At some point when I had my back turned customer service just flew right out the window. Corporations everywhere are seeing how much waterboarding we customers can take before we revolt. It’s both the customers and the harried employees of the CEOs and CFOs who are the victims of these customer service rollbacks, as they try to drive investor returns. It’s in every industry.
Still, some companies are great at customer service. CFOs everywhere seem to me to be caught in between two competing methodologies: cut expenses to the bone, beginning with customer service; or use superior customer service as a strategic weapon.
About a week ago I got an email prompt to read a blog post from imATHLETE (a race registration company of which many of you are aware). I bring this up to highlight a company that’s trying to teach race directors how to treat their customers well while not losing money. I have no association with imATHLETE, and I’m not going to reproduce its blog post, rather I’ll just link to it.
They aren’t offering special technology. Active offers this as well, and other registration companies have this tech too. What’s different here is that imATHLETE is exhorting its member race directors to treat their customers better. This is something I don’t see Active doing (on any kind of consistent basis).
As many Slowtwitchers know, I will have no truck with any company that uses drip pricing. Drip pricing is when you begin a transaction on the assumption you’re paying one price (an entry fee, for example) only to find out via a big sloppy kiss at the end of the transaction what the true price is. Drip pricing isn’t even legal in certain countries. Australia, for example. So, if you enter an Ironman you see the entire price, plus the big sloppy registration kiss, at the beginning of the transaction. What difficulty has this caused Ironman? Or Active? It seems to me Australia has been one of Ironman’s success stories over the past 10 to 15 years. I can’t find where disclosing the price you pay at the start of the transaction diminished business.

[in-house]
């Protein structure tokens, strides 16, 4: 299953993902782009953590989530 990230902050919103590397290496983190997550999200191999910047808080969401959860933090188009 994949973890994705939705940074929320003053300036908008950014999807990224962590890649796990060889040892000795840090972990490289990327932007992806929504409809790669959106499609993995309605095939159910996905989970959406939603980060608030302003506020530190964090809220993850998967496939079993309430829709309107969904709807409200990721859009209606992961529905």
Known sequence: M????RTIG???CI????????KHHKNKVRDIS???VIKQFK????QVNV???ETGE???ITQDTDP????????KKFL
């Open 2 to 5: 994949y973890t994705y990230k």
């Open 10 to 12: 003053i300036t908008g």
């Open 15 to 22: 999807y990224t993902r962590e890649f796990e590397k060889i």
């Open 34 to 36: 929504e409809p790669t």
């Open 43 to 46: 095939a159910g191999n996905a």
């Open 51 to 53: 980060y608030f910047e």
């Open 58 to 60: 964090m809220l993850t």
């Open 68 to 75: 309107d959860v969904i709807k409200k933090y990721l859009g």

What imATHLETE is saying to its race directors in this blog post is that RDs can benefit by allowing users to transfer or defer their registration money. It has the tech to make that happen. It correctly points out that people are more likely to enter early if they know they are buying an equity rather than simply a space on a start line on that one day. The blog post goes on to list the other benefits accruing to a race that allows cancellations.
But here’s the kicker. Here’s Reason-1 why this is a good policy: “You Get to Be a Nice Person”.
I don’t want our industry to waterboard its customers. I already get that from my airline, my phone carrier, my mortgage holder, my credit card company, my health insurance carrier, my car dealership. I’m sneered at enough by companies with which I have to do business. I don’t want that treatment from the company to which I pay my leisure dollars.
We are going to build new fields into our race calendar, for races that eschew drip pricing, and that offer reasonable entry deferrals and cancellations. We’re going to highlight these race organizations, in front page articles. We’re going to do our best to make it easy and profitable to treat customers well. It’s not enough just to have the technology. Registration engines, our national governing bodies, our magazines, all of us need to champion the notion that leveraging low- or no-cost way to “be a nice person” is actually profitable.
Rather than shrinking in fear because its customers might be insulted, imATHLETE has struck a lean-forward posture toward customer service. Bravo. This approach will benefit everyone in the end.